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Deaths related to narcotic pain relievers have doubled since 1991: Study

TORONTO, December 7, 2009 - Deaths from opioid use in Ontario have doubledfrom 13.7 deaths per million residents in 1991 to 27.2 deaths per million residents in 2004according to a new study led by physicians at St. Michael's Hospital and the Institute for Clinical Evaluative Sciences (ICES) in Toronto.

Researchers also found that the addition of a long-acting form of oxycodone (OxyContin) to the province's drug formulary in January 2000 corresponded with a five-fold increase in oxycodone-related deaths.

"Many doctors are aware that prescription opioids can have fatal side effects by depressing breathing and decreasing level of consciousness," explains lead author Dr. Irfan Dhalla, a physician at St. Michael's Hospital. "But we suspect most will be surprised to learn just how many deaths occur each year in Ontario from prescription opioids."

Opioids, also known as narcotic pain relievers, are among the most commonly prescribed medications in Canada. They are used to treat people with moderate-to-severe acute or chronic pain.

The researchers manually reviewed nearly 7,100 files at the Office of the Chief Coroner for Ontario. They then linked these files with provincial data on physician visits and medication prescribing. They also analyzed data from IMS Health Canadaan organization that tracks the sales of prescription drugs.

Here are the researchers' key findings:

  • Prescriptions for oxycodone rose by more than 850 per cent during the study period. This increase was much larger than for any other opioid. Oxycodone accounted for about one-third of the almost 7.2 million prescriptions for opioids dispensed in Ontario in 2006.

  • The increase in deaths was especially pronounced after OxyContin was added to the provincial drug benefit plan in 2000. Over the next five years, deaths related to any opioid increased by 41 per cent, and the number of deaths related to oxycodone (the active ingredient in OxyContin) rose fivefold.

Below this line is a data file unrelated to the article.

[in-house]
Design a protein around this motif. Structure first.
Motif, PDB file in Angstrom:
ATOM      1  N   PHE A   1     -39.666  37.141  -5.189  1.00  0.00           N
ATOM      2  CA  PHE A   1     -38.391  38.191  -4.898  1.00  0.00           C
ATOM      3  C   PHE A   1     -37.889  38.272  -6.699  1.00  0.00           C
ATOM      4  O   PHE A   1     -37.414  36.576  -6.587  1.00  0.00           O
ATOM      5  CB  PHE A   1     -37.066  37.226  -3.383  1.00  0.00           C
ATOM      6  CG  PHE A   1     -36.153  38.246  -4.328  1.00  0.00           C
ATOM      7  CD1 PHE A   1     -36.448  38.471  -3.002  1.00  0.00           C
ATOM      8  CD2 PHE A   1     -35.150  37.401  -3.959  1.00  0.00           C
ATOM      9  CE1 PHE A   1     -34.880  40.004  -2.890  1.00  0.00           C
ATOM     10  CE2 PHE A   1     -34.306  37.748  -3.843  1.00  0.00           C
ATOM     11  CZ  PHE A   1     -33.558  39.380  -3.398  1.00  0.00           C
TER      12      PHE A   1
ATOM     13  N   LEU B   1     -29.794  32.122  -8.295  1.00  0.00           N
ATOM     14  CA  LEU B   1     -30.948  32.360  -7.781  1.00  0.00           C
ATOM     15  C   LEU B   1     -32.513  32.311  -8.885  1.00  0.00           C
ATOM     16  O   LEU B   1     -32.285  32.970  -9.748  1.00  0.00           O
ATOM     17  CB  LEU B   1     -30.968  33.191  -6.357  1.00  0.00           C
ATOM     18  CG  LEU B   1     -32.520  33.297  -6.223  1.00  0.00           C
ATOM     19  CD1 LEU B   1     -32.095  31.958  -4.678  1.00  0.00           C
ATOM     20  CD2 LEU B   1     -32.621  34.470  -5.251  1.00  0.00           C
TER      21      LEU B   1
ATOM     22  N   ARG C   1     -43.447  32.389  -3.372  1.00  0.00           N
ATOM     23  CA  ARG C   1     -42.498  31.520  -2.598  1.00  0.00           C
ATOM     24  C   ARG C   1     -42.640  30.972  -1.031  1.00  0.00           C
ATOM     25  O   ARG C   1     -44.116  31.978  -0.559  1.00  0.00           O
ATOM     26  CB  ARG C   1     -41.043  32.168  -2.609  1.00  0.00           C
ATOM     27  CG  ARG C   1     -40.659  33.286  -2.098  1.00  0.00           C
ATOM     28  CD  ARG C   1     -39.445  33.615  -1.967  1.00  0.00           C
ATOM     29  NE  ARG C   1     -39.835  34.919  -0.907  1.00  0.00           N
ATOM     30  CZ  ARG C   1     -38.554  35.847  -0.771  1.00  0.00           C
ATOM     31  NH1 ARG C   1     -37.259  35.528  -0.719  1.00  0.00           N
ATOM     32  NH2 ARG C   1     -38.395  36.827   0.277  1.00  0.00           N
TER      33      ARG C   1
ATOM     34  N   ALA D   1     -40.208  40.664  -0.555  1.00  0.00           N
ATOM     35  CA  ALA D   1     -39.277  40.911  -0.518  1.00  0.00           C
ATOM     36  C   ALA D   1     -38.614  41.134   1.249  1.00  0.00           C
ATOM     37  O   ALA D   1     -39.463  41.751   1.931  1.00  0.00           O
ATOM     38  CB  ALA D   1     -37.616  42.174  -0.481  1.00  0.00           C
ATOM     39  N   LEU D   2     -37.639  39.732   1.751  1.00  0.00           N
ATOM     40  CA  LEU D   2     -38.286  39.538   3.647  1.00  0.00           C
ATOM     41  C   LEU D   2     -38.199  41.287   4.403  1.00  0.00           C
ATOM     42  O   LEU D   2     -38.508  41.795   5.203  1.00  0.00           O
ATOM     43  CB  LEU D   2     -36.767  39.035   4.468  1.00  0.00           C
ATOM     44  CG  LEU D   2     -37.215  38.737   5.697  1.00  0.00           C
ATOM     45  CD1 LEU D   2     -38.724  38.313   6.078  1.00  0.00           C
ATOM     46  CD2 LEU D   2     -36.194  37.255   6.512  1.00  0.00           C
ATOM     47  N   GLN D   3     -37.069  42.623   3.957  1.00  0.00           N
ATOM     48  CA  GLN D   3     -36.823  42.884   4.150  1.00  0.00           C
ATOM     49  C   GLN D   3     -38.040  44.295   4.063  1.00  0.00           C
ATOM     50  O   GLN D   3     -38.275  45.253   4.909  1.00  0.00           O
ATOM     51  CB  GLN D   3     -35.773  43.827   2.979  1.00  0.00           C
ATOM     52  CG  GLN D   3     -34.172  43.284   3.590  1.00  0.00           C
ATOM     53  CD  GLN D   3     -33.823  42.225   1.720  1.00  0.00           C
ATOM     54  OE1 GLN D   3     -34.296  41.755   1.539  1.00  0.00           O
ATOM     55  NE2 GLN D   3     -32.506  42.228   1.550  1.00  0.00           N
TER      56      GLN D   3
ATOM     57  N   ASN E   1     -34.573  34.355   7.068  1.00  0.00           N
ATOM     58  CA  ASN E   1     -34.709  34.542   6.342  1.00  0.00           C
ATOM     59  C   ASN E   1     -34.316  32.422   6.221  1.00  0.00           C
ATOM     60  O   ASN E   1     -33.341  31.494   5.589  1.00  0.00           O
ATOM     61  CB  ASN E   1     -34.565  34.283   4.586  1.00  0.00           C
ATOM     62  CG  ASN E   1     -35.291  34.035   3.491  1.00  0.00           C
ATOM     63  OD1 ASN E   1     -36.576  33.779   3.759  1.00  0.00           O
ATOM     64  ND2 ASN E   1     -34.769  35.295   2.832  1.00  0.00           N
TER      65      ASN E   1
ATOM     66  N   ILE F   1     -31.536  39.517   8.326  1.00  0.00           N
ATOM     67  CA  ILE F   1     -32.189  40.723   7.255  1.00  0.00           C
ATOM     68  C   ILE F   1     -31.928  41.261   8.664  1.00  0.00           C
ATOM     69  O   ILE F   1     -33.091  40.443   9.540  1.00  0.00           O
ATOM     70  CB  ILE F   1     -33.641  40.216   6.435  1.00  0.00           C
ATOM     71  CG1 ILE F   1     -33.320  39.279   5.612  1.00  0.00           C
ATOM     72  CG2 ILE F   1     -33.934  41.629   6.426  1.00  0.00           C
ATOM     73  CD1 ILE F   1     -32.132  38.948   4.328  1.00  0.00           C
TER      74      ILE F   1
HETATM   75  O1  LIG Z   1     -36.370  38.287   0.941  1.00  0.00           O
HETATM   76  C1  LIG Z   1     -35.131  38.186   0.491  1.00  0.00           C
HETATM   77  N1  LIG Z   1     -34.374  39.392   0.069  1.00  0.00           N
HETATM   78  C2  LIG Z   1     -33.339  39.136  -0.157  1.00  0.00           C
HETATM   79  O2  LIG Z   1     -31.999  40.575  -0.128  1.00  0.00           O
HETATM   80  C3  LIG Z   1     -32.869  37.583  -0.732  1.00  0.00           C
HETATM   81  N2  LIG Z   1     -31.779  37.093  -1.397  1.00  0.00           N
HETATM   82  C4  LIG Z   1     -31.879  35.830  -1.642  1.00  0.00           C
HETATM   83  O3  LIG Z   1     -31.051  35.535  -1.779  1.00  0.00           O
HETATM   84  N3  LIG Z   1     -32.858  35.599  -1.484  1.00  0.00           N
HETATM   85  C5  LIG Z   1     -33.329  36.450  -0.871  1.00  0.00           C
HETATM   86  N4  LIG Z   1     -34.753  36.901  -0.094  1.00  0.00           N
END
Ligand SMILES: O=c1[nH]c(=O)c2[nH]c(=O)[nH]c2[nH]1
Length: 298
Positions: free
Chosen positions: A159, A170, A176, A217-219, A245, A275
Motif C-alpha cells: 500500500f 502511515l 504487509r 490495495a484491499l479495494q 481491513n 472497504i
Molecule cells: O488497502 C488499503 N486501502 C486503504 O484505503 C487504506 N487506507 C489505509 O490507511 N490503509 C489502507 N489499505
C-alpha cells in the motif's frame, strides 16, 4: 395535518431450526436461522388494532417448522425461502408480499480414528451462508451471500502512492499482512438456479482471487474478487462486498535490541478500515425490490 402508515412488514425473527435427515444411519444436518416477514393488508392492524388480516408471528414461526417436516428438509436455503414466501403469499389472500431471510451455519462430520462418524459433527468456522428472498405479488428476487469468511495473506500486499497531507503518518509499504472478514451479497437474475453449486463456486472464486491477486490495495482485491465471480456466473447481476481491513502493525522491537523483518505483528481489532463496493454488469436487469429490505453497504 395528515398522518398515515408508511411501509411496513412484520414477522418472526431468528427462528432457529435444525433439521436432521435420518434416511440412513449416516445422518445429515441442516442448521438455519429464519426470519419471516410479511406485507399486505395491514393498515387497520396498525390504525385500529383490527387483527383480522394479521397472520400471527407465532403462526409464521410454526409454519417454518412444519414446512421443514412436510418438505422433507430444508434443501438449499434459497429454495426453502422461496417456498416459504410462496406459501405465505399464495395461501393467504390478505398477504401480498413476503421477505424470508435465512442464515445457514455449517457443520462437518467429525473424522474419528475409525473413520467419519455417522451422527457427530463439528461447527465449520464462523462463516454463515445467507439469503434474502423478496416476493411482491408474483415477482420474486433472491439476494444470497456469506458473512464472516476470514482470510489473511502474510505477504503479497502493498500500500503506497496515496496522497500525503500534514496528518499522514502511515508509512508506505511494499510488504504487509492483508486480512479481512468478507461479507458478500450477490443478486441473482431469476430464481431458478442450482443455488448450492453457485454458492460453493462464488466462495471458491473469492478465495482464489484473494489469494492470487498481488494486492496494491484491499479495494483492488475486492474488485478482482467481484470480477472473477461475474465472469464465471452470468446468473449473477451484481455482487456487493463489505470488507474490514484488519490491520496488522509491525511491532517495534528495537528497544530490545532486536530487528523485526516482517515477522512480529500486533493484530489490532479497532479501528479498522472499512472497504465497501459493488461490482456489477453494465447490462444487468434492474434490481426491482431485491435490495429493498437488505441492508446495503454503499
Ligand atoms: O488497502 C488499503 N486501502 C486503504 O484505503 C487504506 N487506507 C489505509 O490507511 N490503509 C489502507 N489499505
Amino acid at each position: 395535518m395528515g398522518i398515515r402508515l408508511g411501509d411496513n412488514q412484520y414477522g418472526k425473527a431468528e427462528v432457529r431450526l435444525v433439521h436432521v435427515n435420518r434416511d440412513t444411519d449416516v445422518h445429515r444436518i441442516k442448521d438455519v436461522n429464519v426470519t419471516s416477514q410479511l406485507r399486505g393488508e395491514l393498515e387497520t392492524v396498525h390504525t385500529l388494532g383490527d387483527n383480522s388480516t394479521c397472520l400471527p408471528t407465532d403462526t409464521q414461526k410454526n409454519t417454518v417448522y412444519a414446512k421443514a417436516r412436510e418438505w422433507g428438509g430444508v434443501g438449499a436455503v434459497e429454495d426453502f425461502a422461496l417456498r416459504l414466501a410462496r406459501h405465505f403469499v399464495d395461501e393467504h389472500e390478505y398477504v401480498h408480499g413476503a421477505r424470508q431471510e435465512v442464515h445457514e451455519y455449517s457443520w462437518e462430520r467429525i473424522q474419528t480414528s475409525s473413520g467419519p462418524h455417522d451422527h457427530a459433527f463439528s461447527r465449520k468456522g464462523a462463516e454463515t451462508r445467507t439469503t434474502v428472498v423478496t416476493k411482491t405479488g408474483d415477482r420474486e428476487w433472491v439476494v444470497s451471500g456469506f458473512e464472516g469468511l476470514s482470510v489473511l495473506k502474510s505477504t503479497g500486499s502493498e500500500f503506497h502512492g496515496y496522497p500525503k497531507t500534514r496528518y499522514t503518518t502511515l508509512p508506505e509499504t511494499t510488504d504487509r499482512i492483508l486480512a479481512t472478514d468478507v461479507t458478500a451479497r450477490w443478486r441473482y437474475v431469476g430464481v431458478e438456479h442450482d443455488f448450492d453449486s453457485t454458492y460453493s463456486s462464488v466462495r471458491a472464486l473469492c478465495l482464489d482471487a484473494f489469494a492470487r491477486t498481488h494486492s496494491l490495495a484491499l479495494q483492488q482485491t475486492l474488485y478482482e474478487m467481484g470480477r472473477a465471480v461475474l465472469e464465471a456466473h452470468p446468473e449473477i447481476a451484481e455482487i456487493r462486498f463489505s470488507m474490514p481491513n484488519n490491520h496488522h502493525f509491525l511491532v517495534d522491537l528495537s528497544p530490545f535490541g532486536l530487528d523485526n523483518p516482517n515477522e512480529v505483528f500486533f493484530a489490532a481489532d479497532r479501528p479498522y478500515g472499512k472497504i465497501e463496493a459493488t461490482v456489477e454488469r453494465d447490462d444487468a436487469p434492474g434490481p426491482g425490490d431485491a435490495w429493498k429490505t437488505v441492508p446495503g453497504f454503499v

• Deaths from prescription opioids in Ontario far outnumbered those from heroin.

  • Most opioid-related fatalities (54 per cent) were accidental. The manner of death was undetermined in 22 per cent of cases and deemed to be suicide in 24 per cent.

  • Most people whose deaths involved an opioid had visited a doctor and received a prescription for the drug in the month before they died.

"These findings highlight the tremendous societal burden of opioid-related morbidity and mortality and morbidity" says the study's co-author Dr. David Juurlink, a senior scientist at the Institute for Clinical Evaluative Sciences (ICES) and a staff physician at Sunnybrook Health Sciences Centre in Toronto. "Patients and doctors may not fully appreciate the potential danger of these drugs, particularly when they are taken in combination with other sedating drugs or alcohol."

Based on the study findings for Ontario, the estimated annual national incidence of opioid-related deaths in 2004 (27.2 deaths per million population) came somewhere between the incidence of death from HIV infection (12 deaths per million) and the incidence of death from sepsis, or severe infection (40 deaths per million).

To reduce the number of deaths related to opioid prescriptions, the researchers suggest the creation of real-time electronic databases accessible to physicians and pharmacists. This would make it harder for people to obtain opioids improperly from multiple doctors or pharmacies and easier for health care providers to predict and prevent potentially dangerous drug interactions. The researchers also call for more and better education about the risks of opioid use and suggest greater restrictions on opioid prescribing.


Contact: Julie Saccone
St. Michael's Hospital

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